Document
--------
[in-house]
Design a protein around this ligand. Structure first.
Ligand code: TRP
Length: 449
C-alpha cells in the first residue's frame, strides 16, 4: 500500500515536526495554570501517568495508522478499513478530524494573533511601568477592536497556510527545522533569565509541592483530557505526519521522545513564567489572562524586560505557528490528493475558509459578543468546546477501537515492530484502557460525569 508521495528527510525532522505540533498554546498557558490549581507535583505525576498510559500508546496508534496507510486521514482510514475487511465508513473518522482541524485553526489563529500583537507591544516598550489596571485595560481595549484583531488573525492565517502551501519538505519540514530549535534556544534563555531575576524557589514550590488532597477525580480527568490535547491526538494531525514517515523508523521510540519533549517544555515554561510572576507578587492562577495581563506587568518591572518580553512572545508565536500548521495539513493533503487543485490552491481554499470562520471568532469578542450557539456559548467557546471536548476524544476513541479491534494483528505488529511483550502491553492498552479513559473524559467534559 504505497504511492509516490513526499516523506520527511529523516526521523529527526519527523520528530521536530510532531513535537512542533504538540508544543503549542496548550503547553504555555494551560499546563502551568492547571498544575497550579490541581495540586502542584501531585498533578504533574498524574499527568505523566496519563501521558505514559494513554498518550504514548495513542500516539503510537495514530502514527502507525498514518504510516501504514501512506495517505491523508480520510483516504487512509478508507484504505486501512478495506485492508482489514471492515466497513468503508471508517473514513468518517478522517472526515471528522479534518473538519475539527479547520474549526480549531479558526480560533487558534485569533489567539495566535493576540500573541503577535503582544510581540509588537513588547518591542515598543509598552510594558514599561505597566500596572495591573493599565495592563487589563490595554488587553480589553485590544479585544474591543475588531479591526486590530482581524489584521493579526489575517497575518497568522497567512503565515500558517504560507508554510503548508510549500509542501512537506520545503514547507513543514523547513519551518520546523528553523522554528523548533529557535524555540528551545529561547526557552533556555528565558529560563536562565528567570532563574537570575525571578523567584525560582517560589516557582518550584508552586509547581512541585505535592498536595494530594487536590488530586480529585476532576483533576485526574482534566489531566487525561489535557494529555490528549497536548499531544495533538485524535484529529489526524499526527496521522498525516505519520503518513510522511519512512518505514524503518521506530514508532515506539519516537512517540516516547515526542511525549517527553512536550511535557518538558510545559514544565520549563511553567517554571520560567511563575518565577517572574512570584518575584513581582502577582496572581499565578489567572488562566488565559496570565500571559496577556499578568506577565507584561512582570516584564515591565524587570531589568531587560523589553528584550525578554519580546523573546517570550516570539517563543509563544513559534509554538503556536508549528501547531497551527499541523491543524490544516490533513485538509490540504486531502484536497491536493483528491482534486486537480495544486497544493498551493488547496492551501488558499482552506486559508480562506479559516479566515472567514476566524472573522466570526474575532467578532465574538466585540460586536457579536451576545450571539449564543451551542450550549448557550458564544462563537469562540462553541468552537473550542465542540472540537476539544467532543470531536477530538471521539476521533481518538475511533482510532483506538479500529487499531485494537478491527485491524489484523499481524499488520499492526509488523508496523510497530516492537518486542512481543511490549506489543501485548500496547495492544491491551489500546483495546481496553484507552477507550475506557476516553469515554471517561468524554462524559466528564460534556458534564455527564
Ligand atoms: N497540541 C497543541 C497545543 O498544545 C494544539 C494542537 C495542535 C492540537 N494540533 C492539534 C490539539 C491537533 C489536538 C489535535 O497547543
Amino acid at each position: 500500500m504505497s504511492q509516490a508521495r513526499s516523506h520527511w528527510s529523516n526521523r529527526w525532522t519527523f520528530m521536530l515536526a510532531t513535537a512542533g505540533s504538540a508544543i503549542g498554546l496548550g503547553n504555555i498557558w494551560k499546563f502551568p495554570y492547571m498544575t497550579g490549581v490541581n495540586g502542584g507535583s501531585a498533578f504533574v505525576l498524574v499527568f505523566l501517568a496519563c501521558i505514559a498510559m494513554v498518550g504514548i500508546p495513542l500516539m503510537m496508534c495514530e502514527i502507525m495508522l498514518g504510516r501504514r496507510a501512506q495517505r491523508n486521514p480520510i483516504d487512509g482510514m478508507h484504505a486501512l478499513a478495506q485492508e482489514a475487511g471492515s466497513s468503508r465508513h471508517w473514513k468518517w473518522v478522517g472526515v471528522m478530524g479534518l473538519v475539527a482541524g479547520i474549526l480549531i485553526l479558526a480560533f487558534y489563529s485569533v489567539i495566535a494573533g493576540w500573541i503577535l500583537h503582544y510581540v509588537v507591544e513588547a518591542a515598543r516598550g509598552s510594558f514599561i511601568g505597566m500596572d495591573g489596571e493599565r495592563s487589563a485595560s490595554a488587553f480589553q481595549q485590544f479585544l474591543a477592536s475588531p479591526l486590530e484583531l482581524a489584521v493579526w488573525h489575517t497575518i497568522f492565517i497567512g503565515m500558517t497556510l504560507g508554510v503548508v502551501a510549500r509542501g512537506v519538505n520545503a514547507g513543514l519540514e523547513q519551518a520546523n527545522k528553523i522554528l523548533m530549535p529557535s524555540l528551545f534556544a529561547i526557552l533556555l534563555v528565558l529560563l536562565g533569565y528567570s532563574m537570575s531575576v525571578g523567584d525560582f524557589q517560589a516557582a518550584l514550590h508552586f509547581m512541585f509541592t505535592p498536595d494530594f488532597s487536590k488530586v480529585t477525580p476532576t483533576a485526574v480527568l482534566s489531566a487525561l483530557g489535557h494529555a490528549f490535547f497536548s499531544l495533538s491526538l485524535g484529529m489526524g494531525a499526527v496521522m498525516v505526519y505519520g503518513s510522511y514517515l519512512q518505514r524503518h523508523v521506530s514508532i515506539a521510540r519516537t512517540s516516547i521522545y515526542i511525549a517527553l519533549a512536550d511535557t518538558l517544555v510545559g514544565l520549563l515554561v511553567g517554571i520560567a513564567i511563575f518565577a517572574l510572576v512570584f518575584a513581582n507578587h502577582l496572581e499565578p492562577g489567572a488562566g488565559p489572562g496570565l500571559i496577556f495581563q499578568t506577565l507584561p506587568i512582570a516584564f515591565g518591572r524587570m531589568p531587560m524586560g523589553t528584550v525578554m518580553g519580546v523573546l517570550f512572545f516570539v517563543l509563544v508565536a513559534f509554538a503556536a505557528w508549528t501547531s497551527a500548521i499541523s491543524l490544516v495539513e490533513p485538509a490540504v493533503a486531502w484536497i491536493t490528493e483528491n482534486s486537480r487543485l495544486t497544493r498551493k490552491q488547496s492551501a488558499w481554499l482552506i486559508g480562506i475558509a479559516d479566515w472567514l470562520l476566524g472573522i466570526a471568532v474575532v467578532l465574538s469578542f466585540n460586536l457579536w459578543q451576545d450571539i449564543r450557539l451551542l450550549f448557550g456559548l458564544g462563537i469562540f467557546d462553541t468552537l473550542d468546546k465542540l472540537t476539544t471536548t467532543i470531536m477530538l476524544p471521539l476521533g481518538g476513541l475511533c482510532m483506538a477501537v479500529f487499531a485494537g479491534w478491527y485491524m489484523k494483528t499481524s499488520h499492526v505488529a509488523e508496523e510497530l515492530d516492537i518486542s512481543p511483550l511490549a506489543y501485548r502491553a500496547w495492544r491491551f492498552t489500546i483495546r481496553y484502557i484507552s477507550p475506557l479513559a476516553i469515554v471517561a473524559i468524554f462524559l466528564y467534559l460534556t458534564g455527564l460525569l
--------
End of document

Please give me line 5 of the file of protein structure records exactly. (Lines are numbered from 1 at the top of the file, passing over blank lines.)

C-alpha cells in the first residue's frame, strides 16, 4: 500500500515536526495554570501517568495508522478499513478530524494573533511601568477592536497556510527545522533569565509541592483530557505526519521522545513564567489572562524586560505557528490528493475558509459578543468546546477501537515492530484502557460525569 508521495528527510525532522505540533498554546498557558490549581507535583505525576498510559500508546496508534496507510486521514482510514475487511465508513473518522482541524485553526489563529500583537507591544516598550489596571485595560481595549484583531488573525492565517502551501519538505519540514530549535534556544534563555531575576524557589514550590488532597477525580480527568490535547491526538494531525514517515523508523521510540519533549517544555515554561510572576507578587492562577495581563506587568518591572518580553512572545508565536500548521495539513493533503487543485490552491481554499470562520471568532469578542450557539456559548467557546471536548476524544476513541479491534494483528505488529511483550502491553492498552479513559473524559467534559 504505497504511492509516490513526499516523506520527511529523516526521523529527526519527523520528530521536530510532531513535537512542533504538540508544543503549542496548550503547553504555555494551560499546563502551568492547571498544575497550579490541581495540586502542584501531585498533578504533574498524574499527568505523566496519563501521558505514559494513554498518550504514548495513542500516539503510537495514530502514527502507525498514518504510516501504514501512506495517505491523508480520510483516504487512509478508507484504505486501512478495506485492508482489514471492515466497513468503508471508517473514513468518517478522517472526515471528522479534518473538519475539527479547520474549526480549531479558526480560533487558534485569533489567539495566535493576540500573541503577535503582544510581540509588537513588547518591542515598543509598552510594558514599561505597566500596572495591573493599565495592563487589563490595554488587553480589553485590544479585544474591543475588531479591526486590530482581524489584521493579526489575517497575518497568522497567512503565515500558517504560507508554510503548508510549500509542501512537506520545503514547507513543514523547513519551518520546523528553523522554528523548533529557535524555540528551545529561547526557552533556555528565558529560563536562565528567570532563574537570575525571578523567584525560582517560589516557582518550584508552586509547581512541585505535592498536595494530594487536590488530586480529585476532576483533576485526574482534566489531566487525561489535557494529555490528549497536548499531544495533538485524535484529529489526524499526527496521522498525516505519520503518513510522511519512512518505514524503518521506530514508532515506539519516537512517540516516547515526542511525549517527553512536550511535557518538558510545559514544565520549563511553567517554571520560567511563575518565577517572574512570584518575584513581582502577582496572581499565578489567572488562566488565559496570565500571559496577556499578568506577565507584561512582570516584564515591565524587570531589568531587560523589553528584550525578554519580546523573546517570550516570539517563543509563544513559534509554538503556536508549528501547531497551527499541523491543524490544516490533513485538509490540504486531502484536497491536493483528491482534486486537480495544486497544493498551493488547496492551501488558499482552506486559508480562506479559516479566515472567514476566524472573522466570526474575532467578532465574538466585540460586536457579536451576545450571539449564543451551542450550549448557550458564544462563537469562540462553541468552537473550542465542540472540537476539544467532543470531536477530538471521539476521533481518538475511533482510532483506538479500529487499531485494537478491527485491524489484523499481524499488520499492526509488523508496523510497530516492537518486542512481543511490549506489543501485548500496547495492544491491551489500546483495546481496553484507552477507550475506557476516553469515554471517561468524554462524559466528564460534556458534564455527564